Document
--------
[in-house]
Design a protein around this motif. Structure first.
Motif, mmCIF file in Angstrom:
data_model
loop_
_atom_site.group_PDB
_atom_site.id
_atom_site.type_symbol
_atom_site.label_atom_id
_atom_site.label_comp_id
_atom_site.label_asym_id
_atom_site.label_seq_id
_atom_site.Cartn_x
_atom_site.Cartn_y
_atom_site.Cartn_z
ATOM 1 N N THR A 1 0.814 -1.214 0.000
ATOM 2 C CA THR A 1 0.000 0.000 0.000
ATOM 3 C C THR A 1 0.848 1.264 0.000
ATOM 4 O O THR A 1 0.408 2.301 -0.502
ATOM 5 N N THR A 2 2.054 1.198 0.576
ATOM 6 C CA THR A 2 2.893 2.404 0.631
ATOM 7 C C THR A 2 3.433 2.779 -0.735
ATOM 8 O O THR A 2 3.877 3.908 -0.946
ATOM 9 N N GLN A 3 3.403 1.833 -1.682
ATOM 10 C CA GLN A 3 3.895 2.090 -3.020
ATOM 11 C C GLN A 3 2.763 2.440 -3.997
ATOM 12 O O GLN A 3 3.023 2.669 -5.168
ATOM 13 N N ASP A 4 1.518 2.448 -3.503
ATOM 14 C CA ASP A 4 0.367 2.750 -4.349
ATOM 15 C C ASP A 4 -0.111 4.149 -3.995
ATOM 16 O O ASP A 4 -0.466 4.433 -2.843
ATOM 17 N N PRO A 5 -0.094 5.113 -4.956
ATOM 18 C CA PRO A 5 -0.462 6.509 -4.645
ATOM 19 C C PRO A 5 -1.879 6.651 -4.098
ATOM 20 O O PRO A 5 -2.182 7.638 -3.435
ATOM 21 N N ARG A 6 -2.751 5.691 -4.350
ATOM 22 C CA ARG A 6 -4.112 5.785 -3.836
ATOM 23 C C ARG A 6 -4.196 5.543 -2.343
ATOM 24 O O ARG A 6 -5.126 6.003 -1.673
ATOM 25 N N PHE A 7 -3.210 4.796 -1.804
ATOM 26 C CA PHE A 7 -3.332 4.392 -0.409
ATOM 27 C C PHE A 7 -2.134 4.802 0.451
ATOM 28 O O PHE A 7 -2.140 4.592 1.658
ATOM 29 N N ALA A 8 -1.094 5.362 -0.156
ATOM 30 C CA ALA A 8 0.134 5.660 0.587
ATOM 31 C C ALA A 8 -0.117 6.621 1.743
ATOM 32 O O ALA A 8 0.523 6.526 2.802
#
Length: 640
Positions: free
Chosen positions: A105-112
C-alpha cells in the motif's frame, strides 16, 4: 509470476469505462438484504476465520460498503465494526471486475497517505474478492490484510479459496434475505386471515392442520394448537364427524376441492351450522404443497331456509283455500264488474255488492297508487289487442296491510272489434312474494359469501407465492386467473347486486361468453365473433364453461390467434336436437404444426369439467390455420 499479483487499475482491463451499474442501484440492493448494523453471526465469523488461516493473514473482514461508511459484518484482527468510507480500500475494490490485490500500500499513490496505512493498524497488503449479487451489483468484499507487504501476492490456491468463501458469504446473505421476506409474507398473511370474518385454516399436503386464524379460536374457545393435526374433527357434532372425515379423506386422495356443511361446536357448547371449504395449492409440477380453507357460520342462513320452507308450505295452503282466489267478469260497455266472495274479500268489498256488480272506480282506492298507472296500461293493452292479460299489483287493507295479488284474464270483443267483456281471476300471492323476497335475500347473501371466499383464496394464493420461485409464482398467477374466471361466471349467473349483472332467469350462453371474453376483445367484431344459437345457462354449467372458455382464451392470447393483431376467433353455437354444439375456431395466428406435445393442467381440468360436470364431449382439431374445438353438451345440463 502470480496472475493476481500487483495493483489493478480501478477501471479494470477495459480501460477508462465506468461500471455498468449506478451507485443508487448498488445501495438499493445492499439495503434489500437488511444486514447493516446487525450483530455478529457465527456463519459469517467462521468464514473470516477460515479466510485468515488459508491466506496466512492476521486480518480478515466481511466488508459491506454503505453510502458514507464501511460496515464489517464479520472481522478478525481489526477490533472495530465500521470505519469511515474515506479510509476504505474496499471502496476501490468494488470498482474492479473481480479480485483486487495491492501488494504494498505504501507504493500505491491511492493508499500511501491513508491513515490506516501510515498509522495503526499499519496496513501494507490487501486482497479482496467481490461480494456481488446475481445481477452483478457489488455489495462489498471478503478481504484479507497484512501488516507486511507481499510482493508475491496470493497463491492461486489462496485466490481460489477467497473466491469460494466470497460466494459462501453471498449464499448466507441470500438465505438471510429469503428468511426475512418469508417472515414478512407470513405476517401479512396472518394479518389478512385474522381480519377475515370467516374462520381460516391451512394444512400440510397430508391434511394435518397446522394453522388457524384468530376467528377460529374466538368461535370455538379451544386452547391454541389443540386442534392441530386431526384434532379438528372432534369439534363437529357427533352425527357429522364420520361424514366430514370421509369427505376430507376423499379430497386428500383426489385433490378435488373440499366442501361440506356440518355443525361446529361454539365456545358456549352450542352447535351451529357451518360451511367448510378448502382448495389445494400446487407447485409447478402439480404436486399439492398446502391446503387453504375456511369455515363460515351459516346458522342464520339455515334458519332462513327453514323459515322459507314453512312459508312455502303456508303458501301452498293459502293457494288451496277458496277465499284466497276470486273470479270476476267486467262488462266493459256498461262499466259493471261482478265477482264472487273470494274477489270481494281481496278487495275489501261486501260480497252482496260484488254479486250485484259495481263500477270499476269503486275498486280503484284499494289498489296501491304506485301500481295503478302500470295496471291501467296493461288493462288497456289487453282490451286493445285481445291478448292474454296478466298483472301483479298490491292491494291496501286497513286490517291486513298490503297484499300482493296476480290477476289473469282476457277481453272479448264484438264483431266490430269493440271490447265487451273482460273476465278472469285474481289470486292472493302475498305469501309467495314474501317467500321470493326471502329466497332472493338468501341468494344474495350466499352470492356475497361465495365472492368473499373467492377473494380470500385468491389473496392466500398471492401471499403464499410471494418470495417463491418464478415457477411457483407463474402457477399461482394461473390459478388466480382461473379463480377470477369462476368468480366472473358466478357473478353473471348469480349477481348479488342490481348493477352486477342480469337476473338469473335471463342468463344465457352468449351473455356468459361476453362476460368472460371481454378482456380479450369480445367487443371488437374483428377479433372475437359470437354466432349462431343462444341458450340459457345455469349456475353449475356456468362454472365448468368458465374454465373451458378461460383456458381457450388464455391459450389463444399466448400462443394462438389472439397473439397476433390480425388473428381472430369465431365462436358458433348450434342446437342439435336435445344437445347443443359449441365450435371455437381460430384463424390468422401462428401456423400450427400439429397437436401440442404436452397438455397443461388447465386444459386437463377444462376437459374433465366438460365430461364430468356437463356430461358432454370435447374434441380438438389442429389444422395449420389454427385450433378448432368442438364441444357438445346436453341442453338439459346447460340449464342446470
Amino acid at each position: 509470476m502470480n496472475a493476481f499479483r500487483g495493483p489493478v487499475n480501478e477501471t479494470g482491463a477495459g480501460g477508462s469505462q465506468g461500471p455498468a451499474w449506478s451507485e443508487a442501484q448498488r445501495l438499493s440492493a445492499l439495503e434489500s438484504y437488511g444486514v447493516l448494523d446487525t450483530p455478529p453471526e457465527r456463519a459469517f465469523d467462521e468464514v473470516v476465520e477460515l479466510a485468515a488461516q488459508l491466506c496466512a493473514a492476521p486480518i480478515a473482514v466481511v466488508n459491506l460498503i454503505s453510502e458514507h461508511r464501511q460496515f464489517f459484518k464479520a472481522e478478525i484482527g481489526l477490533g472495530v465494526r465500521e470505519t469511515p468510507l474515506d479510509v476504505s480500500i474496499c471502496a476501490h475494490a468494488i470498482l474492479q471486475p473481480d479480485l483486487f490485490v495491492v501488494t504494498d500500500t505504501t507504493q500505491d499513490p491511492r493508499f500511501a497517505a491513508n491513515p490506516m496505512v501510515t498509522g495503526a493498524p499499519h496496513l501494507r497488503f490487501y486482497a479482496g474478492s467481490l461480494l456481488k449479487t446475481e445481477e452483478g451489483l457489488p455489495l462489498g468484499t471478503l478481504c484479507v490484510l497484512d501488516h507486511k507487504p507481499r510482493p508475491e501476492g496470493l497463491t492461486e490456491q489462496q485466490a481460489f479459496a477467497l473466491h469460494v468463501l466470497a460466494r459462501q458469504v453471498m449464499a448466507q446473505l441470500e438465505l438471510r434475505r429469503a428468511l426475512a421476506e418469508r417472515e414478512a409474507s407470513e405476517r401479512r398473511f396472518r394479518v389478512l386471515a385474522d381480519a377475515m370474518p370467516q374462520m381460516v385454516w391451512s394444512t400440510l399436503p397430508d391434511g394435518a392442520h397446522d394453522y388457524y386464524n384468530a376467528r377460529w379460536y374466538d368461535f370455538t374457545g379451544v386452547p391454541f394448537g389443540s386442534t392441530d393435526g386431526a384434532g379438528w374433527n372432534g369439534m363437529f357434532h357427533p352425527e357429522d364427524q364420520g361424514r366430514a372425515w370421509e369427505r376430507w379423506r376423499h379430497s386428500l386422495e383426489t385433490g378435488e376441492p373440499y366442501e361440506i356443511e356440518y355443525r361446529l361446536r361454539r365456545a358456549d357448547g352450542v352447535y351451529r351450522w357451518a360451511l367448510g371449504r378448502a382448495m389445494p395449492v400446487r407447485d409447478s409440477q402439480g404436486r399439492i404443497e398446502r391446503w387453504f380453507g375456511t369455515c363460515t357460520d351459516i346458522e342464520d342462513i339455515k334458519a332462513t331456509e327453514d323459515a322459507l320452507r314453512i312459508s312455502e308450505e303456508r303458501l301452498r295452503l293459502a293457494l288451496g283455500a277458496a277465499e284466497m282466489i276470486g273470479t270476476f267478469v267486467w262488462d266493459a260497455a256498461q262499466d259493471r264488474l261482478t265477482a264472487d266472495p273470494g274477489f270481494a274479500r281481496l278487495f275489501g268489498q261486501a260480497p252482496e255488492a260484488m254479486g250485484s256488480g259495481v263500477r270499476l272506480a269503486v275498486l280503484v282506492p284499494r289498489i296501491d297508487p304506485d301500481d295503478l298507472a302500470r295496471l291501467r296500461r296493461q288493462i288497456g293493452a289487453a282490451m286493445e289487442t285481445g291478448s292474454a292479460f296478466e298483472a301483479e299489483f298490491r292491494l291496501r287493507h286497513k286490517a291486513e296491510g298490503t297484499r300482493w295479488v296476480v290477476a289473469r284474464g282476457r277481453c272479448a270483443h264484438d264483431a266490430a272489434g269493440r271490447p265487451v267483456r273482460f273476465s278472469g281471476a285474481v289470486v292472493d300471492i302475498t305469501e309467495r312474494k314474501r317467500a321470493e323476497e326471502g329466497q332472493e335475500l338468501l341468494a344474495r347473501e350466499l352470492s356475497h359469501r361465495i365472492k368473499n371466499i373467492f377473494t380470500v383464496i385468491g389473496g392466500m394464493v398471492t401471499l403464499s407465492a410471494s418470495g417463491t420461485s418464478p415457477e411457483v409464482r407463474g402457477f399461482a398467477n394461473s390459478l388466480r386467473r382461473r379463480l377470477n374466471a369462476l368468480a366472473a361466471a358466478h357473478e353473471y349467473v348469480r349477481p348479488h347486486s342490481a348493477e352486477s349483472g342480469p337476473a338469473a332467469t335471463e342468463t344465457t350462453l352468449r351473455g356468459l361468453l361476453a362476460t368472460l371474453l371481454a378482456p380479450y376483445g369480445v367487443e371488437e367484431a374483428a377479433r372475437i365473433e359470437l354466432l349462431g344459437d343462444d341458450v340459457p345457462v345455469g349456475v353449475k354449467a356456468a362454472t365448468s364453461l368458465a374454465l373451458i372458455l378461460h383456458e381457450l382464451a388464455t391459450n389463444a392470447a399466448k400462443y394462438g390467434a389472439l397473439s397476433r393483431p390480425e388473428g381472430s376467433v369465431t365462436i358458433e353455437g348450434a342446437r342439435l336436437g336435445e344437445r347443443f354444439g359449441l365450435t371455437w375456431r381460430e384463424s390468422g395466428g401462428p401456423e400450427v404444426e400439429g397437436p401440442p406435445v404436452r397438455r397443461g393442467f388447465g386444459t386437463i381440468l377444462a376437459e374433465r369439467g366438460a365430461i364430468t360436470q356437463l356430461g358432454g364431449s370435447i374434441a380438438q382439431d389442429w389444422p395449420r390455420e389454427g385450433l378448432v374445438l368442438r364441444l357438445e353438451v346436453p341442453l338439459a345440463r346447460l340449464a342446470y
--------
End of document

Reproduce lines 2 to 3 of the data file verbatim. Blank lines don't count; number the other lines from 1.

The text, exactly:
Design a protein around this motif. Structure first.
Motif, mmCIF file in Angstrom: